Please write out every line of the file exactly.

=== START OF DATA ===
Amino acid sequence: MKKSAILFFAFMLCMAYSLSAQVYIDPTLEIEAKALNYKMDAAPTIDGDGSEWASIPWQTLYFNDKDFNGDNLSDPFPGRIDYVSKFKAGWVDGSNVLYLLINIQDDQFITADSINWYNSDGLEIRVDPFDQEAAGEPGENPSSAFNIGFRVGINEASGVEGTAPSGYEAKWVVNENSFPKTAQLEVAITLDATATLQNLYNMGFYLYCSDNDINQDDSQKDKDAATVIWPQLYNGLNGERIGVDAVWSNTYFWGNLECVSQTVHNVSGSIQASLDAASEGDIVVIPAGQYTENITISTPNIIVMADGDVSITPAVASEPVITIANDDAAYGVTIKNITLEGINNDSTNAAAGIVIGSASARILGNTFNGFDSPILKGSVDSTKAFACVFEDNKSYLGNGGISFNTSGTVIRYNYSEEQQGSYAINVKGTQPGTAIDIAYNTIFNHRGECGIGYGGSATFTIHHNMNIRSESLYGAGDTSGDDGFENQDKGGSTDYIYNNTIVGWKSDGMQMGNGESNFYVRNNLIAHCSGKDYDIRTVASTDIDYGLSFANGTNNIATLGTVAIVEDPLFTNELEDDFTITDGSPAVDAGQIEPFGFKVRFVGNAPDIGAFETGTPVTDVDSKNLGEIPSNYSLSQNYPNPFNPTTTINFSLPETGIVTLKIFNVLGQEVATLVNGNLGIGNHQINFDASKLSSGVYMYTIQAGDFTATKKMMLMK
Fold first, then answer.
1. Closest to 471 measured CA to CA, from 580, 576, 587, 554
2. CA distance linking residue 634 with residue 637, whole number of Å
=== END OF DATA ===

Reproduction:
Amino acid sequence: MKKSAILFFAFMLCMAYSLSAQVYIDPTLEIEAKALNYKMDAAPTIDGDGSEWASIPWQTLYFNDKDFNGDNLSDPFPGRIDYVSKFKAGWVDGSNVLYLLINIQDDQFITADSINWYNSDGLEIRVDPFDQEAAGEPGENPSSAFNIGFRVGINEASGVEGTAPSGYEAKWVVNENSFPKTAQLEVAITLDATATLQNLYNMGFYLYCSDNDINQDDSQKDKDAATVIWPQLYNGLNGERIGVDAVWSNTYFWGNLECVSQTVHNVSGSIQASLDAASEGDIVVIPAGQYTENITISTPNIIVMADGDVSITPAVASEPVITIANDDAAYGVTIKNITLEGINNDSTNAAAGIVIGSASARILGNTFNGFDSPILKGSVDSTKAFACVFEDNKSYLGNGGISFNTSGTVIRYNYSEEQQGSYAINVKGTQPGTAIDIAYNTIFNHRGECGIGYGGSATFTIHHNMNIRSESLYGAGDTSGDDGFENQDKGGSTDYIYNNTIVGWKSDGMQMGNGESNFYVRNNLIAHCSGKDYDIRTVASTDIDYGLSFANGTNNIATLGTVAIVEDPLFTNELEDDFTITDGSPAVDAGQIEPFGFKVRFVGNAPDIGAFETGTPVTDVDSKNLGEIPSNYSLSQNYPNPFNPTTTINFSLPETGIVTLKIFNVLGQEVATLVNGNLGIGNHQINFDASKLSSGVYMYTIQAGDFTATKKMMLMK
Fold first, then answer.
1. Closest to 471 measured CA to CA, from 580, 576, 587, 554
2. CA distance linking residue 634 with residue 637, whole number of Å